“Fellow Citizens;
During his visit, President Obama  emphasized his commitment and  that of his government to further strengthen the relations and  cooperation between our countries. He expressed satisfaction with the steps we have taken in our country to   promote democracy and good governance and  to invest in the development of our people. He promised to continue to support our efforts. To that end,  he has promised to increase  financial and technical aid  in health, education, agriculture, roads, energy and youth development. He also confirmed that our country will continue to benefit from the funding of the second phase of the Millennium Challenge Fund. During  this phase, our areas of priority are electricity  and transportation infrastructure. Talks on the projects to be implemented in this phase are going  well.”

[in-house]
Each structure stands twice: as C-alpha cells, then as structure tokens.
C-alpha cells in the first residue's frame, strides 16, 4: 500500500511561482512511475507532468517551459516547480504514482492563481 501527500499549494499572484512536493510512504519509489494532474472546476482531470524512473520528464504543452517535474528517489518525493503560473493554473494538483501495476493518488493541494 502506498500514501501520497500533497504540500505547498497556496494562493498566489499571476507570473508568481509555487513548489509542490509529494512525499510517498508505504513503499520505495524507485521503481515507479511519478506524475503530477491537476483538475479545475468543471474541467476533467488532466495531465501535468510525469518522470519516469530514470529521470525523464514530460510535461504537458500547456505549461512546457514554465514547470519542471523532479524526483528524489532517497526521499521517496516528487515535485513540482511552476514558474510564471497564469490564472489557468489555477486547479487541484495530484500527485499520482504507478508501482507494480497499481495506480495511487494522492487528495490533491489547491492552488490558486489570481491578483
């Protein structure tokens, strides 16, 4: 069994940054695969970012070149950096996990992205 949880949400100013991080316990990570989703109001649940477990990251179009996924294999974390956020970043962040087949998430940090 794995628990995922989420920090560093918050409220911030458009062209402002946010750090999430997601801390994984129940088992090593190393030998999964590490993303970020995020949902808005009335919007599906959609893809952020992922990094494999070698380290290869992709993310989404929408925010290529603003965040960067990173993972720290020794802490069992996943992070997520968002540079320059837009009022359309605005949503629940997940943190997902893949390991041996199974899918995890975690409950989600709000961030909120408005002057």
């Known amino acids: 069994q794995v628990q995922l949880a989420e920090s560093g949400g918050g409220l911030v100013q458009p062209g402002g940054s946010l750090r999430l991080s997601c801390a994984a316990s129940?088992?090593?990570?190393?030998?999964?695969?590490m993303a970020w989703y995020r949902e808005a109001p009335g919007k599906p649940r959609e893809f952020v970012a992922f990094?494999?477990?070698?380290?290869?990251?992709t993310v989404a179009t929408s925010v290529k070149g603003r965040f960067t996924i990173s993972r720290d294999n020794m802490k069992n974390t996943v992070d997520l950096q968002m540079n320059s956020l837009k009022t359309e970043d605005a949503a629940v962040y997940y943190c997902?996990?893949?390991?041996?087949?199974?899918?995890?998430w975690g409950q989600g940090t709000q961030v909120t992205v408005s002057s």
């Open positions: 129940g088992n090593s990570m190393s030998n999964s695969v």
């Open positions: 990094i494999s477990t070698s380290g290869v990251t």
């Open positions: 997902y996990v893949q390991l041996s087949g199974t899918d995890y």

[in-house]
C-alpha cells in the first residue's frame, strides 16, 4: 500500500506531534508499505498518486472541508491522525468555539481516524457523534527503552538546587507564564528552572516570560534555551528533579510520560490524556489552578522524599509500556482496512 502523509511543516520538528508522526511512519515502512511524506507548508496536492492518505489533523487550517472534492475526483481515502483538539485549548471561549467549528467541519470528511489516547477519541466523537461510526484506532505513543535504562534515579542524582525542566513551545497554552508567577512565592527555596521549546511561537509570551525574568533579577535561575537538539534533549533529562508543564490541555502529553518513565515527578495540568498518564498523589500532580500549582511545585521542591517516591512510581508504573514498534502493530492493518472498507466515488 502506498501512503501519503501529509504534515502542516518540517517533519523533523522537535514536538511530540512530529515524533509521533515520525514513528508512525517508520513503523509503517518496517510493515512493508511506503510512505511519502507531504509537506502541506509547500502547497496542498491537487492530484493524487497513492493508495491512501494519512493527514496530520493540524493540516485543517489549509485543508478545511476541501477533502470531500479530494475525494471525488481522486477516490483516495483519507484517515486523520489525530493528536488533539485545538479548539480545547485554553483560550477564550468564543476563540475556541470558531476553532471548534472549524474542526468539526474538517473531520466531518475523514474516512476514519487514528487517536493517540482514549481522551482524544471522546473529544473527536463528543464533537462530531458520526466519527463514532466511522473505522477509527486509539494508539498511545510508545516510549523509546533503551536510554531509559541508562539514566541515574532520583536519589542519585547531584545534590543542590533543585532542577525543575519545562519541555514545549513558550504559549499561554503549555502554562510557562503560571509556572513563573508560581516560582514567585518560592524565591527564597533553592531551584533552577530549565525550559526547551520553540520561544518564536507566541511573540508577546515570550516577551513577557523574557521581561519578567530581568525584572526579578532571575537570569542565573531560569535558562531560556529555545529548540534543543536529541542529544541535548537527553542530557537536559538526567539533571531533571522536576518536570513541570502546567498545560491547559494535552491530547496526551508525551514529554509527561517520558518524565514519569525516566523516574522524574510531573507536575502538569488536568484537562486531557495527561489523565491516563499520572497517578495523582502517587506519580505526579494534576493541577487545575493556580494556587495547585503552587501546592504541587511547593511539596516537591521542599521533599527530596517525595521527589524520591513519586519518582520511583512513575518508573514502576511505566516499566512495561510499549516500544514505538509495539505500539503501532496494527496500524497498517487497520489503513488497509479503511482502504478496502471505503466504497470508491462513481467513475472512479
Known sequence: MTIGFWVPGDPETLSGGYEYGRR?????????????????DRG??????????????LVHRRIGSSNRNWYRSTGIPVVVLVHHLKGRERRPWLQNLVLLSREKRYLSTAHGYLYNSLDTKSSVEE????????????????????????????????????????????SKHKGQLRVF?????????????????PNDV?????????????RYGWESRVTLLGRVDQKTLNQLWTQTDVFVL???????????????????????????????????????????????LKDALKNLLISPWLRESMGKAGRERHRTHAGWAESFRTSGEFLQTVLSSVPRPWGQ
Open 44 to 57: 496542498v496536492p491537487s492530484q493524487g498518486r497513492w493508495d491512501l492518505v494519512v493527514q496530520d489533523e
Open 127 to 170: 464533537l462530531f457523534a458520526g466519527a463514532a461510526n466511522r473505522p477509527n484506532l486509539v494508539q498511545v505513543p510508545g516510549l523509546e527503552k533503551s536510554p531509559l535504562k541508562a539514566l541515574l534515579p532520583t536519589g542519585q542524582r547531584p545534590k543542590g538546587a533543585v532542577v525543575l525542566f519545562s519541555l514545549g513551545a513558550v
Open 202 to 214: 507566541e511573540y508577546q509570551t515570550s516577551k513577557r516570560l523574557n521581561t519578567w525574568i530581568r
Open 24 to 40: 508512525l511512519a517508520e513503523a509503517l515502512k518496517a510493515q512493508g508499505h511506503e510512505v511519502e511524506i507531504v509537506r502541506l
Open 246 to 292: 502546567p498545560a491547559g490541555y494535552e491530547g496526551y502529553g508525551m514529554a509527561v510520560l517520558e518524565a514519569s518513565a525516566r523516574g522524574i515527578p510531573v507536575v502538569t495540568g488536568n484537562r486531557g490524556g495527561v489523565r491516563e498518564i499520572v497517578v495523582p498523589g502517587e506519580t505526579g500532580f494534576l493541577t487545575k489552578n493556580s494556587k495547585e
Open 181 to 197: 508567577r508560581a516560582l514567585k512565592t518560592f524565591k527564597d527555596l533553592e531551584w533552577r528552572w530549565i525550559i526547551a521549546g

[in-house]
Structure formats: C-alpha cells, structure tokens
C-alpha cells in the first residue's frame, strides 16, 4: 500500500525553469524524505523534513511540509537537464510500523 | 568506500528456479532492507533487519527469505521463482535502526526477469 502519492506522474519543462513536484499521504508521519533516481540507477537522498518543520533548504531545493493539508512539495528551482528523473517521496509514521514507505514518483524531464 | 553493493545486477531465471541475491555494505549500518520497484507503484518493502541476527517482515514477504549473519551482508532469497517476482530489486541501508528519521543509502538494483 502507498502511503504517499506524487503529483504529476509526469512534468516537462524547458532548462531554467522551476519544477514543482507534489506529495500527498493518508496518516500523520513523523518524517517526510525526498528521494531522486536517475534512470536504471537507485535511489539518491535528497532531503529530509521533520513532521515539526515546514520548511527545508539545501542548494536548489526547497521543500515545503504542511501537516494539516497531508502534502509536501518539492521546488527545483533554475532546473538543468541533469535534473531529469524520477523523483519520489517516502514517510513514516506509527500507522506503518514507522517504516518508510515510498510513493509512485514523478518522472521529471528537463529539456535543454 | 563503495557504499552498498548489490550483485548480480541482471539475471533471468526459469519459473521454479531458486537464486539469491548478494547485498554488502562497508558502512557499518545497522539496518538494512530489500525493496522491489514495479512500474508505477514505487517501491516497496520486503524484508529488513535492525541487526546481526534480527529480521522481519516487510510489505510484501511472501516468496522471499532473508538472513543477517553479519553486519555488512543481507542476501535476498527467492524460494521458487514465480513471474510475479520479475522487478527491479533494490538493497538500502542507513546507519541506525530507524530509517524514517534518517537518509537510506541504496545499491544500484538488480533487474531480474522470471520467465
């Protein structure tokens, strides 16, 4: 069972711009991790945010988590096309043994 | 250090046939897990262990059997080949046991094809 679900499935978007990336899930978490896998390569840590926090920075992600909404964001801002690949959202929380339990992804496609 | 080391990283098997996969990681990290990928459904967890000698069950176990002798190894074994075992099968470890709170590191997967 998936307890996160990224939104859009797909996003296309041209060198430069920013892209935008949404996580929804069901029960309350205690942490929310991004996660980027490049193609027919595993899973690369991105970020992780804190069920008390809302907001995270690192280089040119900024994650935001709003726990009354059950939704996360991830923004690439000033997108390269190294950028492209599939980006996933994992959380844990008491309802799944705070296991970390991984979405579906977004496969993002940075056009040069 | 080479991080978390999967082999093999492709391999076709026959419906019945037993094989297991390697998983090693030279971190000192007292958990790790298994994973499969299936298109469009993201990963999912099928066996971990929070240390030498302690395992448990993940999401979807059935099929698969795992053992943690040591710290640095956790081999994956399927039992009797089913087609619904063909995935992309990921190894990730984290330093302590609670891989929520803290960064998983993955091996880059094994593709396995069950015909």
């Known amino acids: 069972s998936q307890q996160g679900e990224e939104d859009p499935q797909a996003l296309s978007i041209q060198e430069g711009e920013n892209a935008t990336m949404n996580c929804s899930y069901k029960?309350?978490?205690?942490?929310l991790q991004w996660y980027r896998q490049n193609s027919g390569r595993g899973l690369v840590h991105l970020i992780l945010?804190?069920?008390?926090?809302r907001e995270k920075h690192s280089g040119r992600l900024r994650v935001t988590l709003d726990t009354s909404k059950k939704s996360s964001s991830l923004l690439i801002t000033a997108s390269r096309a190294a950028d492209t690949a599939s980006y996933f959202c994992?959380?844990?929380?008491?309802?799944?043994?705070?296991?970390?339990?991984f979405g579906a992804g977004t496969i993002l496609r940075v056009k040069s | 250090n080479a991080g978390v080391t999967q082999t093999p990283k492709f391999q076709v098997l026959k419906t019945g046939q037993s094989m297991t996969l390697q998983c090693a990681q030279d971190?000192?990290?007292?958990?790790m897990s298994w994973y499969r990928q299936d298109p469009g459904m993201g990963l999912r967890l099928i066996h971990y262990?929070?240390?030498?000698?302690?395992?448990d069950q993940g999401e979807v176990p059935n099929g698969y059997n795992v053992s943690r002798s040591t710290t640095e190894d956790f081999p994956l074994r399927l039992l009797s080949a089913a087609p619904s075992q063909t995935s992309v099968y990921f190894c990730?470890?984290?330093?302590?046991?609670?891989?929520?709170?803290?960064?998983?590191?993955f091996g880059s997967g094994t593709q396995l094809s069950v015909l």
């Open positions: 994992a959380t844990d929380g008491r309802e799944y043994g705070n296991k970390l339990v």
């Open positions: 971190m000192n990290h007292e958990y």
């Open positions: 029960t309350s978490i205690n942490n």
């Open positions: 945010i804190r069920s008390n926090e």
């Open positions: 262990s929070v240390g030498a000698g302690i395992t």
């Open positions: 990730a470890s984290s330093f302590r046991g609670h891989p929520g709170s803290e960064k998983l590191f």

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Comments on this entry are closed.

  • Bizimana Theo August 15, 2013, 11:09 pm

    My dear brother allow me to tell u something, we RWANDANS know where we came fm and where we are going, nobody should tell us to negociate with the genocidaires who destroyed Rwanda and its population, even today they have in their mind the negative ideology of killing their fellow rwandans(tutsi). Those who advise Rwanda to sit for negociation should know clearly that it is impossible, instead they should have come to Rwanda and ask for forgiveness. this is the right advice Kikwete should have given to them, otherwise Rwanda has no problem, the doors are open to any rwandan who want to come back to his nation.

    • Yeremiya August 16, 2013, 2:51 am

      Bizimana Theo,
      You may not have been in Rwanda at the time, but that is exactly what Kayibanda Gregoire and, after him, General Habyarimana Juvenal were saying: Hey, these Tutsi Inyenzi who want to exterminate the Hutu or keep them in bondage should come and ask for forgiveness! That kind of reaction by a government was stupid then, and it is stupid now.